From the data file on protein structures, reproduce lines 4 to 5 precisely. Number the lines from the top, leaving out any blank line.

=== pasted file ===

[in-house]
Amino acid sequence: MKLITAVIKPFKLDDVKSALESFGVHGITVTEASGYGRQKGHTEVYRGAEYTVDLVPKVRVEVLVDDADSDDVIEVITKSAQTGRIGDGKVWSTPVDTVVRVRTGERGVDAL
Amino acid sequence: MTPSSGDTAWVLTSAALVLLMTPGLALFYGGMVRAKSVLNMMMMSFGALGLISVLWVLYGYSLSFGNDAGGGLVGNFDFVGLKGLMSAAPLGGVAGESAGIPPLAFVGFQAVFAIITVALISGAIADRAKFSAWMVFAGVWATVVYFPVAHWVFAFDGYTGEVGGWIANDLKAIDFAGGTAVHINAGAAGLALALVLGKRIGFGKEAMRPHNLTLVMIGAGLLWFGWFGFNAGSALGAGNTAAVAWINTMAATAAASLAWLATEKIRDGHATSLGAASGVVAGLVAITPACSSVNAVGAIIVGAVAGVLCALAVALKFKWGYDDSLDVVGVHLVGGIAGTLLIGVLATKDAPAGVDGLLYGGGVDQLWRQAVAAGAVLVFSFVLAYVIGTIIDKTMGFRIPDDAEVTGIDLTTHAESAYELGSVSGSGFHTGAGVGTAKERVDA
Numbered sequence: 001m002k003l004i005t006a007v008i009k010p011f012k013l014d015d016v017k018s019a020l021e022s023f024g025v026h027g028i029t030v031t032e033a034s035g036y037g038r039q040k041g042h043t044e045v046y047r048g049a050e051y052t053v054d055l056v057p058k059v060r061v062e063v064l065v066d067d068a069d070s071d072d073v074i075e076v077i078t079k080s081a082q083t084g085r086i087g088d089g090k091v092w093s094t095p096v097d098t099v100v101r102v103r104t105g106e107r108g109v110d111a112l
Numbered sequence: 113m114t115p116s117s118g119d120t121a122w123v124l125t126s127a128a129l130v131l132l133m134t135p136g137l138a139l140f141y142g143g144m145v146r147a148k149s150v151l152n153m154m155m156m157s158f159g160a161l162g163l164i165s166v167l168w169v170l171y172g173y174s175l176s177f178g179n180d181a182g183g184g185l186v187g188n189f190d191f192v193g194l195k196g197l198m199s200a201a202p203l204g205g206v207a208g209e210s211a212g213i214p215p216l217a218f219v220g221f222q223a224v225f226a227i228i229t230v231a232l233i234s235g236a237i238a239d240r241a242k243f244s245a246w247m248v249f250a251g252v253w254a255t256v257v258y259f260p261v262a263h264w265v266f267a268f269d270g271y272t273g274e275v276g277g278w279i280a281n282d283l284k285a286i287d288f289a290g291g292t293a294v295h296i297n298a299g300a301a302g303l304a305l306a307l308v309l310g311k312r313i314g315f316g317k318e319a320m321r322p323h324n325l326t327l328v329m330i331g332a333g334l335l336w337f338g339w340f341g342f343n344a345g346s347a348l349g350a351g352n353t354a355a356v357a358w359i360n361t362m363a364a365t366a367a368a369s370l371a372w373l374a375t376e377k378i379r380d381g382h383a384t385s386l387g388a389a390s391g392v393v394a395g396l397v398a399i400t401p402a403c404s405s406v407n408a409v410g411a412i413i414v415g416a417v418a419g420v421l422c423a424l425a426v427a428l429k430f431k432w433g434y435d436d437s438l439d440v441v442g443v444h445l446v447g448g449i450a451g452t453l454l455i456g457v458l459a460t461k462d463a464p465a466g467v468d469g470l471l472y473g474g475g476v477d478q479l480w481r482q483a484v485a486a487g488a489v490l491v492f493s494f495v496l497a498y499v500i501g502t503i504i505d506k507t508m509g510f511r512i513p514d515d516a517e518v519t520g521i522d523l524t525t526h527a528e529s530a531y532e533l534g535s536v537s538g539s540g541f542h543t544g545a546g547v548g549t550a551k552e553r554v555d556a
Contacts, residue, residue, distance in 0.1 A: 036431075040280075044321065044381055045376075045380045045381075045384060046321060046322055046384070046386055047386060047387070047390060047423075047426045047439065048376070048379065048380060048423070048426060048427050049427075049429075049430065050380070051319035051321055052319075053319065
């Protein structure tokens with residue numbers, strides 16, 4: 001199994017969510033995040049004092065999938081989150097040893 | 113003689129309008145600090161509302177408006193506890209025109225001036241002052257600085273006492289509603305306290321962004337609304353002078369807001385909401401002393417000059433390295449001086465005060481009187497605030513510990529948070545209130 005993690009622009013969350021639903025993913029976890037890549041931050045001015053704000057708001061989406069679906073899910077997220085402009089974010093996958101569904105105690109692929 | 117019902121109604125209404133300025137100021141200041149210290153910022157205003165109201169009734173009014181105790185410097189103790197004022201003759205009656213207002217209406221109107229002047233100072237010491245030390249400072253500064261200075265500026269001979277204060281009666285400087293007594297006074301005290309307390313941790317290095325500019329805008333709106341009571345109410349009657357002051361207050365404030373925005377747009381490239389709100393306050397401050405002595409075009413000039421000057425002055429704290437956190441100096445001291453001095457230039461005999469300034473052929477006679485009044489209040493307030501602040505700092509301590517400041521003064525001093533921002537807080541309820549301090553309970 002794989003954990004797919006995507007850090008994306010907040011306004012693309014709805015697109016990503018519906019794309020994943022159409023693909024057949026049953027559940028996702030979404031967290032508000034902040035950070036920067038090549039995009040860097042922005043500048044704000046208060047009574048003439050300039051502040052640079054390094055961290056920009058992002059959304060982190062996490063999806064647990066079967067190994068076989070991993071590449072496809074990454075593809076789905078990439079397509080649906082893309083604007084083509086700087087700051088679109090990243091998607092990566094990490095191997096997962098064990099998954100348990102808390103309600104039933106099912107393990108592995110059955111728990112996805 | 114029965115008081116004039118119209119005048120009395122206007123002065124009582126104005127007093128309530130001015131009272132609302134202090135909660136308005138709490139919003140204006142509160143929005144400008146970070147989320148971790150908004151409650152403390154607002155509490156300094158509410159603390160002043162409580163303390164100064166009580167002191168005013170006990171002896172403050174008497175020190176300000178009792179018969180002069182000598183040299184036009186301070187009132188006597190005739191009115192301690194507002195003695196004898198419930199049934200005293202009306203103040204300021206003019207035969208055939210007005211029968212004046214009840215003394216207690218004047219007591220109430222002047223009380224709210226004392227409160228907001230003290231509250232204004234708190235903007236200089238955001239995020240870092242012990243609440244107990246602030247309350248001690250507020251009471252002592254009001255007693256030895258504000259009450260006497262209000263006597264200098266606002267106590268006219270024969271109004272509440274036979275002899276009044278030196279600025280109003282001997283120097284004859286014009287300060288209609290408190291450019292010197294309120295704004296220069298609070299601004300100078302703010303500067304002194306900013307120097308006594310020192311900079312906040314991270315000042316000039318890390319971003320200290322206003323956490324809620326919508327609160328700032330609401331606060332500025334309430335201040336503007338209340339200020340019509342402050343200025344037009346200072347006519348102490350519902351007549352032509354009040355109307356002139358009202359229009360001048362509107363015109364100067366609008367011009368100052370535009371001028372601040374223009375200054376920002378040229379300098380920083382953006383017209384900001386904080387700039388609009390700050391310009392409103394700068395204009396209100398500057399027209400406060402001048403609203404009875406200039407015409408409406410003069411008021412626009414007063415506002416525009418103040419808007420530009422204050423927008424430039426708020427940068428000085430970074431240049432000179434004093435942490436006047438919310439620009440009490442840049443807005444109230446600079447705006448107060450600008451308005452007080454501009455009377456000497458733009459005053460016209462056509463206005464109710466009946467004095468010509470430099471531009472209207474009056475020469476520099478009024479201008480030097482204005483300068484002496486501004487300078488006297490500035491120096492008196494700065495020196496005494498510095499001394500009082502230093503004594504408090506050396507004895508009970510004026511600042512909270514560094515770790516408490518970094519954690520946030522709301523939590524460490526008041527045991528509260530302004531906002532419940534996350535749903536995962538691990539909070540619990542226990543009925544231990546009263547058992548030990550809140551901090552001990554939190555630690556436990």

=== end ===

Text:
Numbered sequence: 001m002k003l004i005t006a007v008i009k010p011f012k013l014d015d016v017k018s019a020l021e022s023f024g025v026h027g028i029t030v031t032e033a034s035g036y037g038r039q040k041g042h043t044e045v046y047r048g049a050e051y052t053v054d055l056v057p058k059v060r061v062e063v064l065v066d067d068a069d070s071d072d073v074i075e076v077i078t079k080s081a082q083t084g085r086i087g088d089g090k091v092w093s094t095p096v097d098t099v100v101r102v103r104t105g106e107r108g109v110d111a112l
Numbered sequence: 113m114t115p116s117s118g119d120t121a122w123v124l125t126s127a128a129l130v131l132l133m134t135p136g137l138a139l140f141y142g143g144m145v146r147a148k149s150v151l152n153m154m155m156m157s158f159g160a161l162g163l164i165s166v167l168w169v170l171y172g173y174s175l176s177f178g179n180d181a182g183g184g185l186v187g188n189f190d191f192v193g194l195k196g197l198m199s200a201a202p203l204g205g206v207a208g209e210s211a212g213i214p215p216l217a218f219v220g221f222q223a224v225f226a227i228i229t230v231a232l233i234s235g236a237i238a239d240r241a242k243f244s245a246w247m248v249f250a251g252v253w254a255t256v257v258y259f260p261v262a263h264w265v266f267a268f269d270g271y272t273g274e275v276g277g278w279i280a281n282d283l284k285a286i287d288f289a290g291g292t293a294v295h296i297n298a299g300a301a302g303l304a305l306a307l308v309l310g311k312r313i314g315f316g317k318e319a320m321r322p323h324n325l326t327l328v329m330i331g332a333g334l335l336w337f338g339w340f341g342f343n344a345g346s347a348l349g350a351g352n353t354a355a356v357a358w359i360n361t362m363a364a365t366a367a368a369s370l371a372w373l374a375t376e377k378i379r380d381g382h383a384t385s386l387g388a389a390s391g392v393v394a395g396l397v398a399i400t401p402a403c404s405s406v407n408a409v410g411a412i413i414v415g416a417v418a419g420v421l422c423a424l425a426v427a428l429k430f431k432w433g434y435d436d437s438l439d440v441v442g443v444h445l446v447g448g449i450a451g452t453l454l455i456g457v458l459a460t461k462d463a464p465a466g467v468d469g470l471l472y473g474g475g476v477d478q479l480w481r482q483a484v485a486a487g488a489v490l491v492f493s494f495v496l497a498y499v500i501g502t503i504i505d506k507t508m509g510f511r512i513p514d515d516a517e518v519t520g521i522d523l524t525t526h527a528e529s530a531y532e533l534g535s536v537s538g539s540g541f542h543t544g545a546g547v548g549t550a551k552e553r554v555d556a